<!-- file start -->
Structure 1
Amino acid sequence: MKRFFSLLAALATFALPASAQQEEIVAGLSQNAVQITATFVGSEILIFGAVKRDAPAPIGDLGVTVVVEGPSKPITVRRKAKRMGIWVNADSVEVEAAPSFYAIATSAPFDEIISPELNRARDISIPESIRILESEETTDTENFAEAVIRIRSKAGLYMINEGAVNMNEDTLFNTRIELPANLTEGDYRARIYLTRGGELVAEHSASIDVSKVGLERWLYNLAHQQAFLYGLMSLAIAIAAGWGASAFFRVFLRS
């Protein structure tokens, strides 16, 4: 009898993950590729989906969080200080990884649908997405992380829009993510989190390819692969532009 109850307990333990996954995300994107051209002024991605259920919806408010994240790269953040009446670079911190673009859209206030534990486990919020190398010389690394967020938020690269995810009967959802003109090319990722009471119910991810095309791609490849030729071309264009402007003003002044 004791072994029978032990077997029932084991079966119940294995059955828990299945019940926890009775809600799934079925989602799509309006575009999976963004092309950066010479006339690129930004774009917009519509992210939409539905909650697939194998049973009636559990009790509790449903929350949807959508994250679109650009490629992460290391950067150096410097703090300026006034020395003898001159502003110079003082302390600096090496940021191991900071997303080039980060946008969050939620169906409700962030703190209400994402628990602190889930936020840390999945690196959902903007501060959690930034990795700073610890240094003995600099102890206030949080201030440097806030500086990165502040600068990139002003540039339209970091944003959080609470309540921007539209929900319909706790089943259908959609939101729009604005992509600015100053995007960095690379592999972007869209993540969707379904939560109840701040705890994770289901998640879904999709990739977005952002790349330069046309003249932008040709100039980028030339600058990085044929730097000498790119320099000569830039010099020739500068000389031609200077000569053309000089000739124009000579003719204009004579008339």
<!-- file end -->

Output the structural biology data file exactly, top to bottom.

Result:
Structure 1
Amino acid sequence: MKRFFSLLAALATFALPASAQQEEIVAGLSQNAVQITATFVGSEILIFGAVKRDAPAPIGDLGVTVVVEGPSKPITVRRKAKRMGIWVNADSVEVEAAPSFYAIATSAPFDEIISPELNRARDISIPESIRILESEETTDTENFAEAVIRIRSKAGLYMINEGAVNMNEDTLFNTRIELPANLTEGDYRARIYLTRGGELVAEHSASIDVSKVGLERWLYNLAHQQAFLYGLMSLAIAIAAGWGASAFFRVFLRS
């Protein structure tokens, strides 16, 4: 009898993950590729989906969080200080990884649908997405992380829009993510989190390819692969532009 109850307990333990996954995300994107051209002024991605259920919806408010994240790269953040009446670079911190673009859209206030534990486990919020190398010389690394967020938020690269995810009967959802003109090319990722009471119910991810095309791609490849030729071309264009402007003003002044 004791072994029978032990077997029932084991079966119940294995059955828990299945019940926890009775809600799934079925989602799509309006575009999976963004092309950066010479006339690129930004774009917009519509992210939409539905909650697939194998049973009636559990009790509790449903929350949807959508994250679109650009490629992460290391950067150096410097703090300026006034020395003898001159502003110079003082302390600096090496940021191991900071997303080039980060946008969050939620169906409700962030703190209400994402628990602190889930936020840390999945690196959902903007501060959690930034990795700073610890240094003995600099102890206030949080201030440097806030500086990165502040600068990139002003540039339209970091944003959080609470309540921007539209929900319909706790089943259908959609939101729009604005992509600015100053995007960095690379592999972007869209993540969707379904939560109840701040705890994770289901998640879904999709990739977005952002790349330069046309003249932008040709100039980028030339600058990085044929730097000498790119320099000569830039010099020739500068000389031609200077000569053309000089000739124009000579003719204009004579008339």